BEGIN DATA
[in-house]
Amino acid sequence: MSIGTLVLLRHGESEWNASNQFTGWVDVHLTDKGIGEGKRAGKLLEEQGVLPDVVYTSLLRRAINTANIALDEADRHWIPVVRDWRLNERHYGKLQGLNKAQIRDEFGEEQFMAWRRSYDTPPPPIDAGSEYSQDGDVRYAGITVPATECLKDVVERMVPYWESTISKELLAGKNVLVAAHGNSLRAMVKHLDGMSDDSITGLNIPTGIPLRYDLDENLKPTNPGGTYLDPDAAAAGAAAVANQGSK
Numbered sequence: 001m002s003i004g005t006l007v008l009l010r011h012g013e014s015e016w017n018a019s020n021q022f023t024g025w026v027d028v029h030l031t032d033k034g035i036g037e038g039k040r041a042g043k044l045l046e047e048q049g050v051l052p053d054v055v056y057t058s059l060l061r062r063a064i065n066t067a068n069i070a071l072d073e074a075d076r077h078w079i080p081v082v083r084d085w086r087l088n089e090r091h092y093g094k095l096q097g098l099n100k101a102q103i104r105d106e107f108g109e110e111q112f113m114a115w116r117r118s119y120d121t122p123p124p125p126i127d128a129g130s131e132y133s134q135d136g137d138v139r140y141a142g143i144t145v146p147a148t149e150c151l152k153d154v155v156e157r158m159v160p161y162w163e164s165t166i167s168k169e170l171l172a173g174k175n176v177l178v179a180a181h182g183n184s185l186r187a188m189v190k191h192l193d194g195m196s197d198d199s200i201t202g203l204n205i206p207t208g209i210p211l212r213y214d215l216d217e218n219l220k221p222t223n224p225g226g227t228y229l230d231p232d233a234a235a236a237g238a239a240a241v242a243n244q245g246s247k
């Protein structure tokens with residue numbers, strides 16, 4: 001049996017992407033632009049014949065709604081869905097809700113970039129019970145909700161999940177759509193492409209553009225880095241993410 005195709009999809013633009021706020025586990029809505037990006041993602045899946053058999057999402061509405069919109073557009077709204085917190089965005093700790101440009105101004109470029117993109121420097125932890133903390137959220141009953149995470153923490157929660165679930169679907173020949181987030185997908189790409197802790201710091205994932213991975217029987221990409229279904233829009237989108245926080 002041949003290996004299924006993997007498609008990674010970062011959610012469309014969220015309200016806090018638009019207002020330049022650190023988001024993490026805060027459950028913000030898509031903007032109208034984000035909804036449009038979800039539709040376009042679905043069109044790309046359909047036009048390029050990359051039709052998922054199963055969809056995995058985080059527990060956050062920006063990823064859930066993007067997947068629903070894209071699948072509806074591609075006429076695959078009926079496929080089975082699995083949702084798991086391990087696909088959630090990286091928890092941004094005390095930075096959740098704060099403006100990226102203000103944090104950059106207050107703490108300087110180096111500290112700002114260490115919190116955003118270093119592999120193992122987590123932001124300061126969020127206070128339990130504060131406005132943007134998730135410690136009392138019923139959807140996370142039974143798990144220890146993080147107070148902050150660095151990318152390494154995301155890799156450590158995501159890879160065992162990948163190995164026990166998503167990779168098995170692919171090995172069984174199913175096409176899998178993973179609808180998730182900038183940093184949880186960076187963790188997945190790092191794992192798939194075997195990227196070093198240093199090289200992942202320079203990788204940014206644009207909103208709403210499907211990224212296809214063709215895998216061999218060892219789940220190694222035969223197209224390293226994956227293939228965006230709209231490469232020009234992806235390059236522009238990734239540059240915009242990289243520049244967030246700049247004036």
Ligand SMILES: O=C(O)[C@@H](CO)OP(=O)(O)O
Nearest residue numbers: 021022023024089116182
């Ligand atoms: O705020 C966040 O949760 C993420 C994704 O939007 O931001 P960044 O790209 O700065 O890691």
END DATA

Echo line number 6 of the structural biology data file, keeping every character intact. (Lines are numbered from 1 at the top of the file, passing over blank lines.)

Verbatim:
Nearest residue numbers: 021022023024089116182